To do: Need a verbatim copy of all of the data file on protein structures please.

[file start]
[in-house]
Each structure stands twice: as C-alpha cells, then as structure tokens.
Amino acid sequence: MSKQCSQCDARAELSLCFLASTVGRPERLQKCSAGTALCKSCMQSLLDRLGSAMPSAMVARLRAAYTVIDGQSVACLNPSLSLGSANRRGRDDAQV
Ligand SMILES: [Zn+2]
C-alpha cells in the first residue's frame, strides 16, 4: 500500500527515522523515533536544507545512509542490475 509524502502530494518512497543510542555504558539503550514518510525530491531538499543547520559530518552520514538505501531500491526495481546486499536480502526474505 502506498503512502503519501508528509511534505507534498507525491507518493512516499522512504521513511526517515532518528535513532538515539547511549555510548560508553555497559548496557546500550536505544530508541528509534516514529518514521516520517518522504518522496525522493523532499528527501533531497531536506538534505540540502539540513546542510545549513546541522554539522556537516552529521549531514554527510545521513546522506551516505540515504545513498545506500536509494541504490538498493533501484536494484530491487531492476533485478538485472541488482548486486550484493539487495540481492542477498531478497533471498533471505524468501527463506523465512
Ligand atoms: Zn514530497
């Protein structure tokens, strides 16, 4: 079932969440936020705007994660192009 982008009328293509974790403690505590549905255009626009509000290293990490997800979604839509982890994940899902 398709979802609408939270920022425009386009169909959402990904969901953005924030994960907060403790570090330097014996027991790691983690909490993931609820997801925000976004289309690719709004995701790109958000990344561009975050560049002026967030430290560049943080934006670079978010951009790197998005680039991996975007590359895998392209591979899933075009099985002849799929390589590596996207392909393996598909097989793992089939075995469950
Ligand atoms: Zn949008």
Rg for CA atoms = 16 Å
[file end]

[in-house]
Each structure stands twice: as C-alpha cells, then as structure tokens.
Amino acid sequence: MSKQCSQCDARAELSLCFLASTVGRPERLQKCSAGTALCKSCMQSLLDRLGSAMPSAMVARLRAAYTVIDGQSVACLNPSLSLGSANRRGRDDAQV
Ligand SMILES: [Zn+2]
C-alpha cells in the first residue's frame, strides 16, 4: 500500500527515522523515533536544507545512509542490475 509524502502530494518512497543510542555504558539503550514518510525530491531538499543547520559530518552520514538505501531500491526495481546486499536480502526474505 502506498503512502503519501508528509511534505507534498507525491507518493512516499522512504521513511526517515532518528535513532538515539547511549555510548560508553555497559548496557546500550536505544530508541528509534516514529518514521516520517518522504518522496525522493523532499528527501533531497531536506538534505540540502539540513546542510545549513546541522554539522556537516552529521549531514554527510545521513546522506551516505540515504545513498545506500536509494541504490538498493533501484536494484530491487531492476533485478538485472541488482548486486550484493539487495540481492542477498531478497533471498533471505524468501527463506523465512
Ligand atoms: Zn514530497
């Protein structure tokens, strides 16, 4: 079932969440936020705007994660192009 982008009328293509974790403690505590549905255009626009509000290293990490997800979604839509982890994940899902 398709979802609408939270920022425009386009169909959402990904969901953005924030994960907060403790570090330097014996027991790691983690909490993931609820997801925000976004289309690719709004995701790109958000990344561009975050560049002026967030430290560049943080934006670079978010951009790197998005680039991996975007590359895998392209591979899933075009099985002849799929390589590596996207392909393996598909097989793992089939075995469950
Ligand atoms: Zn949008």
Rg for CA atoms = 16 Å